7 Aug 2018
Common Reporting Standard (CRS) for non-UK income
The Requirement to Correct – Are your tax affairs up to date?
Since the introduction of the automatic exchange of information in 2016, over 100 jurisdictions around the world, including the UK, have signed up to the Common Reporting Standard (CRS) which is due to become fully effective from September 2018.
In a bid to tackle global tax avoidance, the CRS was commissioned to enable countries to exchange taxpayer information with other participating countries. Overseas financial institutions (such as banks or managed investment funds) are now obliged to provide details to HMRC relating to UK resident taxpayers with HMRC expected to return the favour to foreign tax authorities.
The Requirement to Correct
Given the vast amount of overseas tax data now available to HMRC, it is (perhaps unsurprisingly) pouring its resources into uncovering additional UK tax liabilities arising from undisclosed offshore income. The Requirement to Correct provisions create a statutory obligation for taxpayers to disclose and settle any previously undeclared liabilities relating to offshore assets by 30th September 2018.
Who does this apply to?
The Requirement to Correct provisions apply to anyone with undeclared UK income tax, capital gains tax and/or inheritance tax liabilities relating to overseas income that arose prior to 6th April 2017. Typically, most undisclosed liabilities for individuals are likely to arise on sources of offshore income such as bank interest and dividends or assets situated outside of the UK such as real estate.
Why should I make a disclosure?
Although there may be penalties arising on liabilities disclosed prior to the deadline, they’re a hard slap on the wrist when compared to a disclosure or discovery arising after 30th September. Penalties following the September deadline may include:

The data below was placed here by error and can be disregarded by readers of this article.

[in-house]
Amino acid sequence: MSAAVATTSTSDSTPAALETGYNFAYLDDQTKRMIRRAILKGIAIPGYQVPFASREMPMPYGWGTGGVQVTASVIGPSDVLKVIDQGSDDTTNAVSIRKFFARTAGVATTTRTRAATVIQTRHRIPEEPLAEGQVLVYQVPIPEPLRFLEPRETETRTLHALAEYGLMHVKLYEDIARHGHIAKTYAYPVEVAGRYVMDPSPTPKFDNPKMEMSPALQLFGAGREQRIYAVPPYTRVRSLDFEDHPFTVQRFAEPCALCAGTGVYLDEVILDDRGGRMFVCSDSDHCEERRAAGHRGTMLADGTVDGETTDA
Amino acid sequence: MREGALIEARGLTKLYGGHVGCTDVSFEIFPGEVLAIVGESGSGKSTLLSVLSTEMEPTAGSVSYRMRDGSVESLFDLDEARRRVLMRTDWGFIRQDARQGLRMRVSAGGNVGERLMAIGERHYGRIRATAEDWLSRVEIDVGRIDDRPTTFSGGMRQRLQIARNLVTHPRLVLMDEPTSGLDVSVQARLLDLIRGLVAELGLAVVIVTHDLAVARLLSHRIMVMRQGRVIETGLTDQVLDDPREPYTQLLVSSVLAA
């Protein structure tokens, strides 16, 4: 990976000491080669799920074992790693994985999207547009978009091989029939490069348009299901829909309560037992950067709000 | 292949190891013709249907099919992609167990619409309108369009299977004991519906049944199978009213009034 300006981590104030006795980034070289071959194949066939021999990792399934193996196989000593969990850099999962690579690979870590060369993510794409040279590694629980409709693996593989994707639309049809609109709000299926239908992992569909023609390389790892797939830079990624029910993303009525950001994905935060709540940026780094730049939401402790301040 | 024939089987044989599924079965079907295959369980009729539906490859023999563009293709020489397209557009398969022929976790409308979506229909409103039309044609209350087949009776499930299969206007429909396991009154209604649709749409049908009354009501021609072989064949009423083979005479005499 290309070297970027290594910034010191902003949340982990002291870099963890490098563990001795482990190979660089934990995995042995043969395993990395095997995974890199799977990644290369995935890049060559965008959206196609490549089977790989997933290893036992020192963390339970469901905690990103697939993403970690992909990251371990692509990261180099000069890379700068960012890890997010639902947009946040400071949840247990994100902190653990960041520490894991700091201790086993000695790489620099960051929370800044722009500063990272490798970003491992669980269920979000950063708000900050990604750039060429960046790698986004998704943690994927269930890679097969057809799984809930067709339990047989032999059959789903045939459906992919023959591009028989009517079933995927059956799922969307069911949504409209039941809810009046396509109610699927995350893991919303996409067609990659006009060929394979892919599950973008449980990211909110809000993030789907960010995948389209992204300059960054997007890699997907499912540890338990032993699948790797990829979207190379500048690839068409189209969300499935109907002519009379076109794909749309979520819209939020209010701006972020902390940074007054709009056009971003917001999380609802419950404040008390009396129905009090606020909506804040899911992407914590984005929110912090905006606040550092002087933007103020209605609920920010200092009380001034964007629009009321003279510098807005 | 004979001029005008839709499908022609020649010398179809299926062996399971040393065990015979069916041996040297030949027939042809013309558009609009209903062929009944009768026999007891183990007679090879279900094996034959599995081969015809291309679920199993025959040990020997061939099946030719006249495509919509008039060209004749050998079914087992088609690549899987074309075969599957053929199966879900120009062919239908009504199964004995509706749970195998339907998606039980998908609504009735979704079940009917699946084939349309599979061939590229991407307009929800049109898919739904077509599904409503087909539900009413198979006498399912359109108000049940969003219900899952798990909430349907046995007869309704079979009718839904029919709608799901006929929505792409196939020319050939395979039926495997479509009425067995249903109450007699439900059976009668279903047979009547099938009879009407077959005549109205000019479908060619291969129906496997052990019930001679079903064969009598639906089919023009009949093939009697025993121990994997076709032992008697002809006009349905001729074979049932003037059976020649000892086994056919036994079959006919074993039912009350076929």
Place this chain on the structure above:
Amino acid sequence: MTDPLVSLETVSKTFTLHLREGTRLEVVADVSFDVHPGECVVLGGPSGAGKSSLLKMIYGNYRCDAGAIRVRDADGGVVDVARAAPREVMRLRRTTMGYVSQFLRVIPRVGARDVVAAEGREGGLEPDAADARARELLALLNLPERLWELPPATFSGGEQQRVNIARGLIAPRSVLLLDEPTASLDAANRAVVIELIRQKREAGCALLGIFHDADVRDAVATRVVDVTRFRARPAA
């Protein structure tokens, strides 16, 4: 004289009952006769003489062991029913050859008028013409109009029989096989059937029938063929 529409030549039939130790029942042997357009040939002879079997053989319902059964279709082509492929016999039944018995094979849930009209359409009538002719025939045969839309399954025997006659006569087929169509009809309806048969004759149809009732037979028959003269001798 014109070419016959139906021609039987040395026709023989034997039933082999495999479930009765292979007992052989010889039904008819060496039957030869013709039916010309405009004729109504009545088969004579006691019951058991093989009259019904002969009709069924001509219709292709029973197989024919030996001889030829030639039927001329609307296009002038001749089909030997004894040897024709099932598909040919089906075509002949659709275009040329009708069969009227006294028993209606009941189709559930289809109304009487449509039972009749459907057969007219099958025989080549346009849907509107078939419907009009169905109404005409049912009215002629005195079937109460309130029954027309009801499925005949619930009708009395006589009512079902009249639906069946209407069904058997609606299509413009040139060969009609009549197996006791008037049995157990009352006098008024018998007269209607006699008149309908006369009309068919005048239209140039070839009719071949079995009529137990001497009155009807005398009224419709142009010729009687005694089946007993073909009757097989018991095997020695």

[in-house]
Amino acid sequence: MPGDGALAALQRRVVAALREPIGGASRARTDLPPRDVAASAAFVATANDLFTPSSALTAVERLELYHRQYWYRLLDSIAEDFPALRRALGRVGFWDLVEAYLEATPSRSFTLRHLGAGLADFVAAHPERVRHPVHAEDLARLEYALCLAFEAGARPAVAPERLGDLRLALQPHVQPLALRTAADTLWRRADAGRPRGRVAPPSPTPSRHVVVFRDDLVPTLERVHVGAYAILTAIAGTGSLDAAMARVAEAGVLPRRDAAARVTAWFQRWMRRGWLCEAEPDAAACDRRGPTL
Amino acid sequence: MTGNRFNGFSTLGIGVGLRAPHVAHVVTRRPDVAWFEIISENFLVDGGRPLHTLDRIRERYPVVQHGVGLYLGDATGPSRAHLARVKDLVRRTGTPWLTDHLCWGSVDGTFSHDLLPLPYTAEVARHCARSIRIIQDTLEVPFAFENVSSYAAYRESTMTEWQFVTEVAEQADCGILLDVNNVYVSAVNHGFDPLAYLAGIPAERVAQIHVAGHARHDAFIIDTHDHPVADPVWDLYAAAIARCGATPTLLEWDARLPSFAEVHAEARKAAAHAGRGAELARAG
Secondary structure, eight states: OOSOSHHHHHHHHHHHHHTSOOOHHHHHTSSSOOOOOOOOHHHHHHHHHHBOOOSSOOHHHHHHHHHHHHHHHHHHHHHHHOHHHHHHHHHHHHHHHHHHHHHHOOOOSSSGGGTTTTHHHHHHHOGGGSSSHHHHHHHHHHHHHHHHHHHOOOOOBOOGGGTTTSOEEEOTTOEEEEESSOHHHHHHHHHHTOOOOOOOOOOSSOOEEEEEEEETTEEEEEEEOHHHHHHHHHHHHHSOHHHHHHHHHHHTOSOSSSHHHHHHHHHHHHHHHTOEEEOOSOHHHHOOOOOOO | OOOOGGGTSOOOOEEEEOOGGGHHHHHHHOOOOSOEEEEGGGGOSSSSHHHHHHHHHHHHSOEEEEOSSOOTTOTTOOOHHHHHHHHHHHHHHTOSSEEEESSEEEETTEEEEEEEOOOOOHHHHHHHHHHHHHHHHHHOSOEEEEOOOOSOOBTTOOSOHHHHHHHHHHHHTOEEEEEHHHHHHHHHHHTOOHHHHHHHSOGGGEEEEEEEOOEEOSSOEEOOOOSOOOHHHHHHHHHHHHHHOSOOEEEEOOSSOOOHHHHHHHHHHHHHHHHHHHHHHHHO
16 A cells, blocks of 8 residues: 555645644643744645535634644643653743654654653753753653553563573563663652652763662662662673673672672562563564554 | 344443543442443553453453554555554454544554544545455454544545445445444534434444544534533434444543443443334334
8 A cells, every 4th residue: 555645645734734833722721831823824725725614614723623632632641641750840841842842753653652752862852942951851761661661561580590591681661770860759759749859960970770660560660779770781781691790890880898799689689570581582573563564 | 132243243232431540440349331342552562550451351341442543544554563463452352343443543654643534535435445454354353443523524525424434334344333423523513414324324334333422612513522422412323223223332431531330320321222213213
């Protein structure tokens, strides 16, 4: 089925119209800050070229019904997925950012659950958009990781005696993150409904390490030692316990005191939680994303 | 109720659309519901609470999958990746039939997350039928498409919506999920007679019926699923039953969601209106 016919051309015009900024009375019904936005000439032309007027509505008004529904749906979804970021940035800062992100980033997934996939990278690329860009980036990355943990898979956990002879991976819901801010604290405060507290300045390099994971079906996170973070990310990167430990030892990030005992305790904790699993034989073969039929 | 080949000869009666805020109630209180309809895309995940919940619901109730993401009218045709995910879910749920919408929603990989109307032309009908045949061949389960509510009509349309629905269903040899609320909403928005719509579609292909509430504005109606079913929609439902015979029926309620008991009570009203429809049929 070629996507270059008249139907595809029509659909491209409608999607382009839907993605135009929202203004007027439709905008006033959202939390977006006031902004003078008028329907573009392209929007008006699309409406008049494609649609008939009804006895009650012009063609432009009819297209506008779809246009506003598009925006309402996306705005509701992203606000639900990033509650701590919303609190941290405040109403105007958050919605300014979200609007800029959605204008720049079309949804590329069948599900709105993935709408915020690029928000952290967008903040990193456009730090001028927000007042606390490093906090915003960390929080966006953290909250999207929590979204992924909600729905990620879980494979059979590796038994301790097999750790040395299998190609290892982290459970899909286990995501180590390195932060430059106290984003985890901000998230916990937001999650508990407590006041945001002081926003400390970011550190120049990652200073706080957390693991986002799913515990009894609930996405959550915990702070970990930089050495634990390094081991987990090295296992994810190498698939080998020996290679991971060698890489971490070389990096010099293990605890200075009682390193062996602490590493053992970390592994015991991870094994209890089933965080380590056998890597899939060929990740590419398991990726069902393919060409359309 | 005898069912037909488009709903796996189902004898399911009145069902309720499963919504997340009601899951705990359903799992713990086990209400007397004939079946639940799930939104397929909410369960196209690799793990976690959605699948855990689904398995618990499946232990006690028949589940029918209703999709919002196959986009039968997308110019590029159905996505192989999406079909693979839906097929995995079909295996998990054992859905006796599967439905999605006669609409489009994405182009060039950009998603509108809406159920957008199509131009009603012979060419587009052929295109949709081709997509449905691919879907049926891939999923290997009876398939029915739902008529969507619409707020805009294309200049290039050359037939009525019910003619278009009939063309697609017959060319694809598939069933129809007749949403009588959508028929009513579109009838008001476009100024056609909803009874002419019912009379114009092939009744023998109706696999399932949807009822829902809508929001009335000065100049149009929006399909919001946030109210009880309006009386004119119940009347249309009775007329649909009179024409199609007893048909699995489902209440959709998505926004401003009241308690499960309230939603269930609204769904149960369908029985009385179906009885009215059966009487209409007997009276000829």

- A tax geared penalty of 200% which may be reduced to 100% based on taxpayer cooperation
- Where the tax at stake is £25,000 or more, an asset based penalty of 10% based on the value of the asset giving rise to the liability or ten times the tax due
- An additional asset move penalty of 50% where assets or funds have been moved in an attempt to avoid disclosing them
- Exclusive entry into HMRC’s online ‘hall of shame’
These penalties will not apply if an individual’s affairs are brought up to date by the deadline although taxpayers should expect a potential penalty of 30% plus statutory interest to be added to any outstanding taxes.
Similarly, the penalties will not apply if a taxpayer has a ‘reasonable excuse’ as to why the income has not been disclosed. This is intended to cover situations involving illness or serious injury but does not remove the requirement to settle the outstanding tax liability.
How can MHA Monahans help?
We would strongly recommend that any taxpayer with offshore interest, income or assets should satisfy themselves that their UK tax position is up to date and/or make a full disclosure to HMRC prior to 30th September 2018. Even if you believe that your tax affairs are in order, you may still be liable to a penalty under the Requirement to Correct legislation if it later transpires that a disclosure should have been made.
MHA Monahans can provide detailed specialist advice on your position and assist you in making any necessary disclosures to HMRC. If you are concerned about your overseas interests, please do not hesitate to contact us.